Walking A Fine Line (46)

After an eventful day breaking, entering, and peeping, Samantha Flint awoke the following morning ready to pay a visit to Annette Gardner. She arrived at the picturesque colonial, smirking. She threw her  cigarette nub on the ground and extinguished it with the toe of her spiked heel. Proudly, friendly even, she knocked on the door and awaited Annette as her alter-ego Hope Lovejoy.

“Oh hello Annette! How are you this morning?” Before Annette could answer, she said, “I was out for a little stroll and I was in the neighborhood, so I thought I’d stop by and say hello.”

“Hello, Hope,” said Annette awkwardly. “You do realize it’s 8:00 in the morning?” she said with a laugh. Samantha seemed unmoved. Annette laughed and said, “Of course, please, come in.”

They entered the living room, and they sat down on the window seat. Samantha said, “Annette, honey, I’ve been meaning to ask you, are you and Redmond…on the outs?”

Annette was put-off. “Um, well…Hope, I don’t believe that’s any of your business– But since you asked, Red and I are not on good terms for the time being,” she said, as she lightly rubbed her stomach.

Samantha laughed, lacking any cordiality. “Oh, well, I can’t say I’m surprised. He cheated, am I right? Well, it wouldn’t be the first time. You know, he has an insatiable desire for what he can’t have. I remember as a kid, he probably had a dozen different girls at once. I don’t mean to sound rude, Annette darling, but I’m surprised he actually married, let alone married a woman like–like you…he prefers blondes.”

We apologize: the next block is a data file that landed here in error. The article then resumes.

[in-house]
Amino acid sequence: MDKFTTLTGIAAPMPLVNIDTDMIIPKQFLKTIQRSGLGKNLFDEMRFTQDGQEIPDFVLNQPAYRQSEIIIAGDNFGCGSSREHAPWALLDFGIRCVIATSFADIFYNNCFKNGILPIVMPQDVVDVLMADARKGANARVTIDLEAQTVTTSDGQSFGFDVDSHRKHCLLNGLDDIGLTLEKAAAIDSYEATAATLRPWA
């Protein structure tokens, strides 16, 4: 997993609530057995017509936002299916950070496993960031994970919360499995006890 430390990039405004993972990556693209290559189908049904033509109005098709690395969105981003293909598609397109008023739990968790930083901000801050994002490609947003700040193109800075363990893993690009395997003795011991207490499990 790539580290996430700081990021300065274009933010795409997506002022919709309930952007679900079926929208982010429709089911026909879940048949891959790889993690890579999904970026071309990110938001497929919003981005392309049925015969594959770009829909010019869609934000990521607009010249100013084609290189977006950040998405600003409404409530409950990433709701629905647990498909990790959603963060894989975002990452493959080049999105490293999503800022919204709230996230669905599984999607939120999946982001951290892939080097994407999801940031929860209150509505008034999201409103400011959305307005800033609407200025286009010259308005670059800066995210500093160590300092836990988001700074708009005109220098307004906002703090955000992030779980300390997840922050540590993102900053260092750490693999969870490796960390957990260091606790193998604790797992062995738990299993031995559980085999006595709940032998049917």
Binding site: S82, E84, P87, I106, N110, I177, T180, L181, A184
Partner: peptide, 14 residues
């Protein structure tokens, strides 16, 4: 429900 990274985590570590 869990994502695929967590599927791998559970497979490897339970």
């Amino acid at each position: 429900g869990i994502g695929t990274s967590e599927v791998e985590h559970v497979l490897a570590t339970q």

“Hope,” Annette said, very hurt, “You’d better leave.” Samantha showed herself to the door. Annette felt even more betrayed than before.

Michael Falcone was looking awfully good to her right now.


“Oh Mom, I gotta hand it to ya, you got good taste,” Elaine Gardner said, twirling in the mirror in her mother’s wedding dress.

“Of course I do, dear. Don’t I read Seventeen? Speaking of taste, taste this,” said Laura, shoving a piece of cake in Elaine’s mouth.

Elaine rolled her eyes and said with her mouth full, “Mom! Watch the dress! I don’t need to look like a fatty on Friday with cake falling outta my dress!” said Elaine. The wedding was coming, and she would have been beyond stressed if she had done it all by herself.

“I’m sorry, dear. Just leave everything to me. Oh yes, I meant to tell you. Instead of sending invitations, I made phone calls to all our guests. Teddy’s parents and his brother will be up tomorrow. They dropped everything, they’re so excited. So what do you think of the cake? I’ll tell you you need to like it, because I’m in the process of frosting it now.”

Elaine looked at her mother in amazement. She could do it all, but so few people gave her credit for it.

“And dear, I’ve told everyone the reception will be at our house in the yard. I called Betty Abernathy, and she’ll be decorating tomorrow. As for music, your father’s little army friends from the band will be playing, but don’t worry, I’ve got a radio so we won’t be scratching our ears out. I think I’d die if I heard them for more than ten minutes.”

Elaine could only hug her mother. She would always be super woman to her. Laura continued, “And food. Yes, food…well, Dooley down at the diner’s known you since you went through your fat years, and he told me he’d cater. I think that’s about it dear. You’re getting married on Friday!” said Laura, planting a kiss on her daughter’s cheek.

Elaine caught sight of herself and her mother in the mirror. “So this is life? Well, it’s perfect,” she thought.



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